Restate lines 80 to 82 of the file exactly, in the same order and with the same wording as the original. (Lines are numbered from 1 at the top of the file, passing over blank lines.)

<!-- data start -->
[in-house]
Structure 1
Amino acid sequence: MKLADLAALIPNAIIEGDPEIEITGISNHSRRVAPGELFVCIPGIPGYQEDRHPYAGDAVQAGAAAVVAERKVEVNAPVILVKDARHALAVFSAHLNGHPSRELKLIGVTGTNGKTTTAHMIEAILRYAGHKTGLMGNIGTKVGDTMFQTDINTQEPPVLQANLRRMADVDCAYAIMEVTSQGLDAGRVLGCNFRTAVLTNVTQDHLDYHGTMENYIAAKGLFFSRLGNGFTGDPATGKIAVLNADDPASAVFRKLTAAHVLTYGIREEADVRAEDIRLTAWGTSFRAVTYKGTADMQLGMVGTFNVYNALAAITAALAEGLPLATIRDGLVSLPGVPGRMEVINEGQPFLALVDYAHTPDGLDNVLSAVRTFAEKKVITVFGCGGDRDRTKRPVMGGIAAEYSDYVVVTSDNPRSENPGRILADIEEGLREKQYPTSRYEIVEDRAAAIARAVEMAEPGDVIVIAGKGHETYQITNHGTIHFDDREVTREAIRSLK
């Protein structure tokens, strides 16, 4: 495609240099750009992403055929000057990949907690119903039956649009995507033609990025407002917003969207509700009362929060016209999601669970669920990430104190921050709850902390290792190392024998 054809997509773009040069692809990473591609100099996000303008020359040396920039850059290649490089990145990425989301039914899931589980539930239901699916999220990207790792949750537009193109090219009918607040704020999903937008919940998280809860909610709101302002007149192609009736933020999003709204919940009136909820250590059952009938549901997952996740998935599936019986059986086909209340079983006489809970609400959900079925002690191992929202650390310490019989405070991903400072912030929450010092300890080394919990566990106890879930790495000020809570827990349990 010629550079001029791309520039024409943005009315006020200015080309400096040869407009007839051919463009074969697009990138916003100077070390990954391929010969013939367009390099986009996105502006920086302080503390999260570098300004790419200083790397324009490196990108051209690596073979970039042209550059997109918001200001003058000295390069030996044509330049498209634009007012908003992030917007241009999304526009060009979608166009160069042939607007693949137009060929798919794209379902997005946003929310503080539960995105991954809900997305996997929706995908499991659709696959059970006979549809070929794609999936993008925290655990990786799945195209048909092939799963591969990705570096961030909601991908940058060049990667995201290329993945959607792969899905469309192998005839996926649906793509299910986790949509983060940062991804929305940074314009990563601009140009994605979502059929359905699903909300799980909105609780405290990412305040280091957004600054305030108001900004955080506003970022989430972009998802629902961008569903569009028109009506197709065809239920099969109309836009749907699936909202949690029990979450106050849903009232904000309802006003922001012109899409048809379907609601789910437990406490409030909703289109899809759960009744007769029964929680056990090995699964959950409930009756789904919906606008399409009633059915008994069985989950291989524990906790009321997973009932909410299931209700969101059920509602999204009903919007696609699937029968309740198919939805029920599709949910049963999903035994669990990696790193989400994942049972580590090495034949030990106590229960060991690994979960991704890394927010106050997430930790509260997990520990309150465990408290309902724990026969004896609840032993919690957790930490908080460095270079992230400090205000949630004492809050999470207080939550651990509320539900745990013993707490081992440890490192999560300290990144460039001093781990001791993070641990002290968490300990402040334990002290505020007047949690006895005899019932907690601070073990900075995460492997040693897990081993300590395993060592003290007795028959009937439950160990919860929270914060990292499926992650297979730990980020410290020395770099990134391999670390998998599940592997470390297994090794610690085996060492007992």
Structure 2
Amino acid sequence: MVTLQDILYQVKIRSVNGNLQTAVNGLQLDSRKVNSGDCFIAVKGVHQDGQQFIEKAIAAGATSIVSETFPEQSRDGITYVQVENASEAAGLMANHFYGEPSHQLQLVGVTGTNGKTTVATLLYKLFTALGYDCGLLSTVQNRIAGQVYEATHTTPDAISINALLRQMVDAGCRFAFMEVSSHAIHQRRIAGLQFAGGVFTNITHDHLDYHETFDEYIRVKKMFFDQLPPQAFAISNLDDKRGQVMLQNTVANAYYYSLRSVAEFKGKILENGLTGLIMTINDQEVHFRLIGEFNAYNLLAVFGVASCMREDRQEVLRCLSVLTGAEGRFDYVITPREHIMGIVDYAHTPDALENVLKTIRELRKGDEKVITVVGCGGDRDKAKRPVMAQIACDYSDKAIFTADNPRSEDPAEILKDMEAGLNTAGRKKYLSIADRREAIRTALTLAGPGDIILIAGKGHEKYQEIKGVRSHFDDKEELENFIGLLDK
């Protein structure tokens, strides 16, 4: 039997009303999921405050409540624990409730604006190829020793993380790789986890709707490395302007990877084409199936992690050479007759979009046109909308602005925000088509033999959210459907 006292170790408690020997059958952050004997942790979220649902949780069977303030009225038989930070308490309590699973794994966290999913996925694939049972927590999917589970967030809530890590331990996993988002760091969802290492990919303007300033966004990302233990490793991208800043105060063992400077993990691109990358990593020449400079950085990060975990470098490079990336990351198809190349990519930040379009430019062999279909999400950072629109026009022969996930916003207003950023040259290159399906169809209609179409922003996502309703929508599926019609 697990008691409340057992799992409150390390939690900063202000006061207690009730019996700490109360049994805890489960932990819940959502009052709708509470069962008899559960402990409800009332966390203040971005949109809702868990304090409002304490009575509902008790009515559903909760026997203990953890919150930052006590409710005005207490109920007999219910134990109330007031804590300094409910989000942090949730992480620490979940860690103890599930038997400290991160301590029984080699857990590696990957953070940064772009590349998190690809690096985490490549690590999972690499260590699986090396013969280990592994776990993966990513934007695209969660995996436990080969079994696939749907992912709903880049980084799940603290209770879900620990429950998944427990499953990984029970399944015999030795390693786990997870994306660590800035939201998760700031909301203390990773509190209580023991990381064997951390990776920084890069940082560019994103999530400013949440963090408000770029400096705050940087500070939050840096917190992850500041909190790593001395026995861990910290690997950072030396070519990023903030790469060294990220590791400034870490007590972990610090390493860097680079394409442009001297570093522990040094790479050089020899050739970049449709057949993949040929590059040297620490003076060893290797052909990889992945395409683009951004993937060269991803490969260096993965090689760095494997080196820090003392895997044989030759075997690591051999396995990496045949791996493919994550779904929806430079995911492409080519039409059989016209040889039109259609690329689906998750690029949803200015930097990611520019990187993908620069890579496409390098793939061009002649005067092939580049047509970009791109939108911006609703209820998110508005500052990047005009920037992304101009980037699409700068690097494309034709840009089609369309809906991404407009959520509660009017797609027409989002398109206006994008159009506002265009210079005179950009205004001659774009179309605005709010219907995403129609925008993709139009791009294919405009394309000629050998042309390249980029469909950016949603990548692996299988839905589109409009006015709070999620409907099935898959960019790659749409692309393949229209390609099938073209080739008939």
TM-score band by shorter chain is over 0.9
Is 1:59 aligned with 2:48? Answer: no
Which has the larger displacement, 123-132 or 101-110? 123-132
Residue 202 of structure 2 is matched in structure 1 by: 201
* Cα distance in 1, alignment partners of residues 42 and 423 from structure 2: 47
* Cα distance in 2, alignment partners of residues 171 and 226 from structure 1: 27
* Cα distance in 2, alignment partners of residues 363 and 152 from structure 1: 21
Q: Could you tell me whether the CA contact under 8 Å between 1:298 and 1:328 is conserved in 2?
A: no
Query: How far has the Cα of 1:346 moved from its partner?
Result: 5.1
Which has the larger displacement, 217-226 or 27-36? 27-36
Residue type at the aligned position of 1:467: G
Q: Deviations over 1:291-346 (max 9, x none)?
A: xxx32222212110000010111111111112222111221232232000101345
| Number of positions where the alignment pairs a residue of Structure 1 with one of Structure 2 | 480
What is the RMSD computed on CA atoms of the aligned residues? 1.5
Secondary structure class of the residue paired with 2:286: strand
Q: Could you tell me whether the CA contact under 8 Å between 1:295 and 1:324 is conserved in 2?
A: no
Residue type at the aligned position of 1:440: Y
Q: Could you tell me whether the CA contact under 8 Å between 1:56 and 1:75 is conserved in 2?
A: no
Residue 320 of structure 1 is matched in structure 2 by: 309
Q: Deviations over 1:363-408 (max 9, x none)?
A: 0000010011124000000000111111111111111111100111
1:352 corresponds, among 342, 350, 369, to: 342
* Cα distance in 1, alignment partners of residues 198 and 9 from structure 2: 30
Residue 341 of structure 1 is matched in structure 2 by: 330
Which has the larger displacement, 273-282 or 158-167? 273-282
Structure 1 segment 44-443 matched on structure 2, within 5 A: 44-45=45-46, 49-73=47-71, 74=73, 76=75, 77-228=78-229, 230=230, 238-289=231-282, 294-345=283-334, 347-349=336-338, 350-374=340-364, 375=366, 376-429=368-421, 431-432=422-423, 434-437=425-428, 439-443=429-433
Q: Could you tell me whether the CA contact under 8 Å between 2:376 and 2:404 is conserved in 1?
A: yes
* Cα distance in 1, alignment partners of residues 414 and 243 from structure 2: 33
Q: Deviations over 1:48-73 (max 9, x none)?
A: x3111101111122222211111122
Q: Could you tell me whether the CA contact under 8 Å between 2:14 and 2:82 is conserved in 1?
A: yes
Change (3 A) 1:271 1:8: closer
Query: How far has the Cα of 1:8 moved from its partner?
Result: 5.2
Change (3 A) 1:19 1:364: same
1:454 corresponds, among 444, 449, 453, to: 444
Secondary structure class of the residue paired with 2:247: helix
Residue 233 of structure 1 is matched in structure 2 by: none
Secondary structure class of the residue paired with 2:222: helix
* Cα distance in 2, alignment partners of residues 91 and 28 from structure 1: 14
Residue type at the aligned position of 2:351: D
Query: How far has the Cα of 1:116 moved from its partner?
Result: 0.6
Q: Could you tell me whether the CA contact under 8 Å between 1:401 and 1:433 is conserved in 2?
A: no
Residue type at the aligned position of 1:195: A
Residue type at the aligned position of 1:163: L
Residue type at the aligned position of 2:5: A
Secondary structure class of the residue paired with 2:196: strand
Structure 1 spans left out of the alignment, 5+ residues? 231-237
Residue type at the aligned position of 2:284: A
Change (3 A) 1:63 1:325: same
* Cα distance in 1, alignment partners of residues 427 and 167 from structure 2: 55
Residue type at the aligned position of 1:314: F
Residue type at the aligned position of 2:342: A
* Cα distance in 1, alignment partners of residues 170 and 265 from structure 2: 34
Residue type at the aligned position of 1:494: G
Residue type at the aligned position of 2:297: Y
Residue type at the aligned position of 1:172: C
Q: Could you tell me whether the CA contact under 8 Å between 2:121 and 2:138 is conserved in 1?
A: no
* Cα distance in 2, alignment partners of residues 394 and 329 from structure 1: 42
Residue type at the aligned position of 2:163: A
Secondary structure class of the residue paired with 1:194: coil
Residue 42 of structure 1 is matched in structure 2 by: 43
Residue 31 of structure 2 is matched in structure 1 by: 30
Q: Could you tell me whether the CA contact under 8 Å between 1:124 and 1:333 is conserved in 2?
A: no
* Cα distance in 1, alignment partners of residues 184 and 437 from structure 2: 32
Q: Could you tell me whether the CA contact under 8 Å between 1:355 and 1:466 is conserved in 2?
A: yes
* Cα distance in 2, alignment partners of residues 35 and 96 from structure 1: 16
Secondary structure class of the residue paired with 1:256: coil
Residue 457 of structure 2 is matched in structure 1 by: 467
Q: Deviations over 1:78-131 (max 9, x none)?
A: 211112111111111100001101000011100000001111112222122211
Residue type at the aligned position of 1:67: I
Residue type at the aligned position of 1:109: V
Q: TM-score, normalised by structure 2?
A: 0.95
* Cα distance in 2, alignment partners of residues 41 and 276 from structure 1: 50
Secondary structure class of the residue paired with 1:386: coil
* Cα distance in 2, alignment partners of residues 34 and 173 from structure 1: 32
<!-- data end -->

Residue 31 of structure 2 is matched in structure 1 by: 30
Q: Could you tell me whether the CA contact under 8 Å between 1:124 and 1:333 is conserved in 2?
A: no